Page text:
Where to from here for the Commonwealth Bank share price?

Commonwealth Bank of Australia (ASX: CBA) has generated enormous returns for investors in the form of both capital gains and dividends since it went public in 1991.

Given its historic returns, it has become one of Australia’s most prized shares. It is the centrepiece for self-managed super funds (SMSFs) and portfolios around the country, to the point where it seems some investors believe the bank’s shares are immune to a heavy sell-off in the future.

What those investors may have forgotten, however, is that the country hasn’t endured a recession since 1991 – the same year that Commonwealth Bank hit the share market.

The banks are cyclical beasts. While they can tend to outperform during times of expansion as consumers and businesses take out more loans, they can be hit hard when the economy takes a turn for the worse.

That’s why market regulators such as the Australian Prudential Regulation Authority (APRA) have cracked down on lending standards and capital requirements.

The aim is to ensure the banks are lending only to those who are capable of repaying their debts even if conditions were to worsen, whilst ensuring the banks have enough capital in reserve to survive a downturn.

These crackdowns, together with the major capital raising undertaken by Commonwealth Bank in 2015, are just two of the reasons why Commonwealth Bank’s shares have fallen from their lofty heights from yesteryear.

The shares now trade for around $78 each, down from around $96 last year.

Where to from here?

Right now, Commonwealth Bank boasts a market value of around $133 billion. It yields 5.4%, fully franked.

It trades on a price/book (P/B) ratio of around 2.2x, compared to nearly 3x in March 2015. And it boasts a return on equity (ROE) of around 16.5%, which is significantly higher than the ROEs supported by most big banks around the world.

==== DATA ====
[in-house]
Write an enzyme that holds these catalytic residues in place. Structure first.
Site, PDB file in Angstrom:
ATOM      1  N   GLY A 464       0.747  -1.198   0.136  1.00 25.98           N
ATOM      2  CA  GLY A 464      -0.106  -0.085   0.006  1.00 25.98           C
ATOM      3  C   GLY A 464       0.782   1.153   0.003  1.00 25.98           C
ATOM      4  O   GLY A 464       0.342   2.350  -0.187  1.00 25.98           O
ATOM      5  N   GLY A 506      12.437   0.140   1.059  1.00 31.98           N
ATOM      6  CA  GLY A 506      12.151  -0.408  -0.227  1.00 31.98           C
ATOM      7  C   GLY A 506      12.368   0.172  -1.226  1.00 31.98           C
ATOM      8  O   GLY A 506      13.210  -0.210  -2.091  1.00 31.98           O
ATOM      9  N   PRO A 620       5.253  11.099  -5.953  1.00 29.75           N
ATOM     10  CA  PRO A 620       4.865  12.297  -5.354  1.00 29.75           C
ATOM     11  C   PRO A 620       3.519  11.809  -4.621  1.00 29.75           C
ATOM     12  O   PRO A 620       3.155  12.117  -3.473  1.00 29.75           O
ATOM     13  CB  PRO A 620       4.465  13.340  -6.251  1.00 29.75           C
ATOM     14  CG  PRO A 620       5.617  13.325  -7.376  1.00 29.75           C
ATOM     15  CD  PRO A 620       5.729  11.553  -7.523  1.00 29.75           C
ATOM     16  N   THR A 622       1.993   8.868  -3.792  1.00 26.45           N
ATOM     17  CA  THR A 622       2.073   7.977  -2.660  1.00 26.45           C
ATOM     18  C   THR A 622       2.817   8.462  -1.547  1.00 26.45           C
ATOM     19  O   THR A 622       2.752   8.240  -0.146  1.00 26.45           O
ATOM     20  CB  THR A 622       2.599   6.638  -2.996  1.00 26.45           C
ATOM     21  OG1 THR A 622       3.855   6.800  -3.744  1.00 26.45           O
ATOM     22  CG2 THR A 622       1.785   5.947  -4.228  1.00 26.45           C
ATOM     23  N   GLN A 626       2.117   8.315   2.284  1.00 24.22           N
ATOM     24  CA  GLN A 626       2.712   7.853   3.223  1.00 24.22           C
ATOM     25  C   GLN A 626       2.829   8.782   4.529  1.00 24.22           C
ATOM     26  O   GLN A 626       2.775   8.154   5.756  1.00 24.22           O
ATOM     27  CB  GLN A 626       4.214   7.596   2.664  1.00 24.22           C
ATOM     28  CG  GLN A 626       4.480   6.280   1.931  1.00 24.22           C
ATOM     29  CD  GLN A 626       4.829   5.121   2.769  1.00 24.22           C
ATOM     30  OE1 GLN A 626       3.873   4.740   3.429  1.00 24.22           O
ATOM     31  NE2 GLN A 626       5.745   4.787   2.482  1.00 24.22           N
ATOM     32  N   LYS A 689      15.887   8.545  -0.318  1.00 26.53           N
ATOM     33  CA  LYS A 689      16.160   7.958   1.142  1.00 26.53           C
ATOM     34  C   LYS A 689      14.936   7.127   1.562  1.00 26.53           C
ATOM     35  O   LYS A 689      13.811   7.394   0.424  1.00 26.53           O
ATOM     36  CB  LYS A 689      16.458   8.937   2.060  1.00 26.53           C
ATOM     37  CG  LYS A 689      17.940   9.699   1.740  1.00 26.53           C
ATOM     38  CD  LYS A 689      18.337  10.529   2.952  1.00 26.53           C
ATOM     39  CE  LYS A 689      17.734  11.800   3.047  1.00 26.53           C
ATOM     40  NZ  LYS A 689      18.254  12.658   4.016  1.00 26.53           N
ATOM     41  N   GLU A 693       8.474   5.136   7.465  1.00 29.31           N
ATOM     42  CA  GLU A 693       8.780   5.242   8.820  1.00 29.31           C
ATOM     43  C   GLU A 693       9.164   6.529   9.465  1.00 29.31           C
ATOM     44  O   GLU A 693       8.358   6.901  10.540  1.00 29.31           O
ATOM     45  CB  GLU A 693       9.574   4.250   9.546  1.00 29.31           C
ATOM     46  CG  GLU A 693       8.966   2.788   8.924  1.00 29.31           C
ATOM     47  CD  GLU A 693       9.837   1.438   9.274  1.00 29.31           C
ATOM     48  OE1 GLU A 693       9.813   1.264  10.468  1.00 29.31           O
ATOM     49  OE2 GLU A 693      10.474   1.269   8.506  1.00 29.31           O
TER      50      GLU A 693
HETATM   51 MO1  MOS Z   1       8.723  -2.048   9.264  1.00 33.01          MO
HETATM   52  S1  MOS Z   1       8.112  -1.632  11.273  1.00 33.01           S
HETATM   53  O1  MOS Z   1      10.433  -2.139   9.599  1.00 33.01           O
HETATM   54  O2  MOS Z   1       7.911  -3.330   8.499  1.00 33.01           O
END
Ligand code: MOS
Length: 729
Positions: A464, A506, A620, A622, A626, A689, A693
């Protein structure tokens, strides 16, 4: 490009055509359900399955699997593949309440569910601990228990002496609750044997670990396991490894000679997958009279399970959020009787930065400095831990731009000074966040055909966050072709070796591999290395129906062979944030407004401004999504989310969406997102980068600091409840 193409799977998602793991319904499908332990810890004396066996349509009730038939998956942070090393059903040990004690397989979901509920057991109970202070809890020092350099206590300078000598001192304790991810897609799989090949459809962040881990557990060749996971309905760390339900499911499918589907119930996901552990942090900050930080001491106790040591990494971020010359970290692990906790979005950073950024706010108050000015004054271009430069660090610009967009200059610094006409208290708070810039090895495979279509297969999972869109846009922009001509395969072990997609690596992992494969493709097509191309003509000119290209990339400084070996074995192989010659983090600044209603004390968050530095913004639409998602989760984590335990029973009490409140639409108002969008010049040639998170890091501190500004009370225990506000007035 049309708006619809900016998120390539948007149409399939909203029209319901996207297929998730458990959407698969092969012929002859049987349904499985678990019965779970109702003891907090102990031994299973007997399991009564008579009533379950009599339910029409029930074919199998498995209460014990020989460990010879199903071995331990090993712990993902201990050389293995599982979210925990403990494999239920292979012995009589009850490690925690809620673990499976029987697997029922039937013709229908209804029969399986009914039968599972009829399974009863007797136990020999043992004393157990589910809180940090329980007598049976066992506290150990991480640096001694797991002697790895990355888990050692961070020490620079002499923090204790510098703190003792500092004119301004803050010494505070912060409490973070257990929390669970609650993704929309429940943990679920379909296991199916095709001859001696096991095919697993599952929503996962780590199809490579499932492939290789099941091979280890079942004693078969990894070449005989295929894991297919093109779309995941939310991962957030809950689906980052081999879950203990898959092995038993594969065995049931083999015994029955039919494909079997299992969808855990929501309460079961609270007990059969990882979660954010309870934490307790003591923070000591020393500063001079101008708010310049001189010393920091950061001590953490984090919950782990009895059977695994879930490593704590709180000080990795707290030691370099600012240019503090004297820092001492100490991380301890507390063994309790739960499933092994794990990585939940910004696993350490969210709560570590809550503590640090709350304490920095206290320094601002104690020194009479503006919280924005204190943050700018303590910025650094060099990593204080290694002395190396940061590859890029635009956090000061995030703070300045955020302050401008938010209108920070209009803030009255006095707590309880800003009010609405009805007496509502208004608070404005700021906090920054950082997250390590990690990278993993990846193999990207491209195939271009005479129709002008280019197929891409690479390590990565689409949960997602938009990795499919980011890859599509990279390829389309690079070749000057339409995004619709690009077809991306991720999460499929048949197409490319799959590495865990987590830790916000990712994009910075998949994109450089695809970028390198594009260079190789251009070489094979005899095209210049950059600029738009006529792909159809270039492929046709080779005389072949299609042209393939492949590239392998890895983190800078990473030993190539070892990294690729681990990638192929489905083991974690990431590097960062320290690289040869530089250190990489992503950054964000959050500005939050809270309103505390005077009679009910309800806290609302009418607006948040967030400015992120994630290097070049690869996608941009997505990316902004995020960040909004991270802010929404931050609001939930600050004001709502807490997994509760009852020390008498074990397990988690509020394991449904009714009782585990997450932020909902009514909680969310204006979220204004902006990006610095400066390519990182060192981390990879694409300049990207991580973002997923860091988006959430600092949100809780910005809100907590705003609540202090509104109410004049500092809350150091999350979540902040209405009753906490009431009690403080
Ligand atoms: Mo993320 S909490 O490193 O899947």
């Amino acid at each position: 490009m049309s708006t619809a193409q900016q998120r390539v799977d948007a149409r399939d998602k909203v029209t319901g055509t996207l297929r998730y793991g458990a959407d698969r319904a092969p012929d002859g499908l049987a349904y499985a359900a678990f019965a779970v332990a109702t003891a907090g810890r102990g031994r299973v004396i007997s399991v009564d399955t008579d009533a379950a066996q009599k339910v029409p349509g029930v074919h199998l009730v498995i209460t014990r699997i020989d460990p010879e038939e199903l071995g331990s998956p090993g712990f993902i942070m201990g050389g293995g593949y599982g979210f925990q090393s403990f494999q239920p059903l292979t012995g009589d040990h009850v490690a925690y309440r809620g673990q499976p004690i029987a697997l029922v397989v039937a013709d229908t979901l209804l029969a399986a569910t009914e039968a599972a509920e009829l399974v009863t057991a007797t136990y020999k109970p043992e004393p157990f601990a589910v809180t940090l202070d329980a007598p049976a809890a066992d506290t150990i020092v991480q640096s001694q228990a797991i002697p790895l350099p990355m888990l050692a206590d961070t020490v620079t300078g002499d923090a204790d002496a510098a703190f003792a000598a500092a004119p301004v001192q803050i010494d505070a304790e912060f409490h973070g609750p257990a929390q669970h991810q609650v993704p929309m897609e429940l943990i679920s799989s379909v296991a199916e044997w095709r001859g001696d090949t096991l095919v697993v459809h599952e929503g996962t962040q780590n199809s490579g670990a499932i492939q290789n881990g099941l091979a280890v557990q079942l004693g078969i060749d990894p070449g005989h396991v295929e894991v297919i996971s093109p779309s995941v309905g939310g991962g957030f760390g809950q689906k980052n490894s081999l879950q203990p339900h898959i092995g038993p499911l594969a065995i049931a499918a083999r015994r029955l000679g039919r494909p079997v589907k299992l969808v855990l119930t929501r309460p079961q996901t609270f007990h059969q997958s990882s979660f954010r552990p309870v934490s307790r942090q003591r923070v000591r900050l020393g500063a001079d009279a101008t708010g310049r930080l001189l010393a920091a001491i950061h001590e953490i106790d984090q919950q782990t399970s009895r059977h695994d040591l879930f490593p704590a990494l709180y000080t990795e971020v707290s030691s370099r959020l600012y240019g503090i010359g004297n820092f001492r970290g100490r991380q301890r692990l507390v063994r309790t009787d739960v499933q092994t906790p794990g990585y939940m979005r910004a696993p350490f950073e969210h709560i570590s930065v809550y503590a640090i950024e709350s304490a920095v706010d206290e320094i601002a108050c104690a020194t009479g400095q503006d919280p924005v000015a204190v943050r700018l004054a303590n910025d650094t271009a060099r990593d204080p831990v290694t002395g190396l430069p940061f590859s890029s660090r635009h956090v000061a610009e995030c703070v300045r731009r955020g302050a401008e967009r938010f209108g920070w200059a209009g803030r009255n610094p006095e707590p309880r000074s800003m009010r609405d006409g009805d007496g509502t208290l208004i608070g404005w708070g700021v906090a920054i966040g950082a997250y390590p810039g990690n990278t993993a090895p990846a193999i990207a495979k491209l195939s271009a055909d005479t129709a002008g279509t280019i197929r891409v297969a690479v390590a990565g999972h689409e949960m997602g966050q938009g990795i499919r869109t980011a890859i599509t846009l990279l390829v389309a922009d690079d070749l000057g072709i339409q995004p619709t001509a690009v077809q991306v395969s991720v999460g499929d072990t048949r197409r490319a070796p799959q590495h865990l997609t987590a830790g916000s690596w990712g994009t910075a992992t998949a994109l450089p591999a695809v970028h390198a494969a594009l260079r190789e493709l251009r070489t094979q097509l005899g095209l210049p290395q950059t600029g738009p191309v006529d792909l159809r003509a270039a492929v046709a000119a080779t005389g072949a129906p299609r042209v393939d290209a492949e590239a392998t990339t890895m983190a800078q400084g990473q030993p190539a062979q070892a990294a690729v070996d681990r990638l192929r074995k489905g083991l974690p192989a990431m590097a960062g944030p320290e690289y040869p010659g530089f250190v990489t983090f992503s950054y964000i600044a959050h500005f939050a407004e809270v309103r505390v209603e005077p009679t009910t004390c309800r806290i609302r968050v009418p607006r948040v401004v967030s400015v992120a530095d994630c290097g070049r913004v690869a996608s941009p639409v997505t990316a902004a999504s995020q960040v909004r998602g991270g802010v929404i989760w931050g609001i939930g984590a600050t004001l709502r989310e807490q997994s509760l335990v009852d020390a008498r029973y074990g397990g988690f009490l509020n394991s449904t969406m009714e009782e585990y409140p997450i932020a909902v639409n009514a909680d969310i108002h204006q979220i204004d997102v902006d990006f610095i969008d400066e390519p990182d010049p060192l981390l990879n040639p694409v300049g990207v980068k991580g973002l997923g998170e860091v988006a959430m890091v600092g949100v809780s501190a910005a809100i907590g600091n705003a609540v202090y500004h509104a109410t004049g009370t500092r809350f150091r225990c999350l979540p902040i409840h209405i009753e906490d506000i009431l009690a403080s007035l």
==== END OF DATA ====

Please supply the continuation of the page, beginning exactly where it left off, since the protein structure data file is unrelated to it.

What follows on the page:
Given those numbers, and the historic returns generated by the bank, it’s not difficult to see why investors love Commonwealth Bank of Australia so much.

The recent dip in share price is also seen by some investors as a good reason to buy for the long-term. However, it would be dangerous to assume that Commonwealth Bank’s shares are destined to rise higher.

Together with Australia and New Zealand Banking Group (ASX: ANZ), National Australia Bank Ltd. (ASX: NAB) and Westpac Banking Corp (ASX: WBC), Commonwealth Bank is facing strong headwinds.

To begin with, there is the potential for capital raisings in the near future to enhance its capital structure. This could force the bank to dilute shareholder ownership further, thus reducing its sky-high ROE, or else cut back on dividends, which is one of the key attractions to the stock in this low interest rate environment.

What’s more, Commonwealth Bank has been a key beneficiary of soaring house prices in recent decades, but is also vulnerable if property prices begin to decline. As such, while it might be seen as something of a ‘safe’ investment, it could be hit hard in the event of an economic downturn.

Commonwealth Bank’s shares have certainly become more attractive over the last 12 months thanks to their dip in price. While that may be the case, I still don’t think they’re a screaming buy.

For now, investors looking for exposure to the blue-chips may want to take a look at alternatives such as Wesfarmers Ltd (ASX: WES) or Telstra Corporation Ltd (ASX: TLS). There could well come a time in the near future where Commonwealth Bank is an attractive opportunity, but for now, there are better opportunities.

Investors are likely better off leaving Commonwealth Bank on the shelf and checking out these top-notch blue chip stocks instead.

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Motley Fool contributor Ryan Newman has no position in any stocks mentioned. The Motley Fool Australia has no position in any of the stocks mentioned. We Fools may not all hold the same opinions, but we all believe that considering a diverse range of insights makes us better investors. The Motley Fool has a disclosure policy. This article contains general investment advice only (under AFSL 400691). Authorised by Bruce Jackson.

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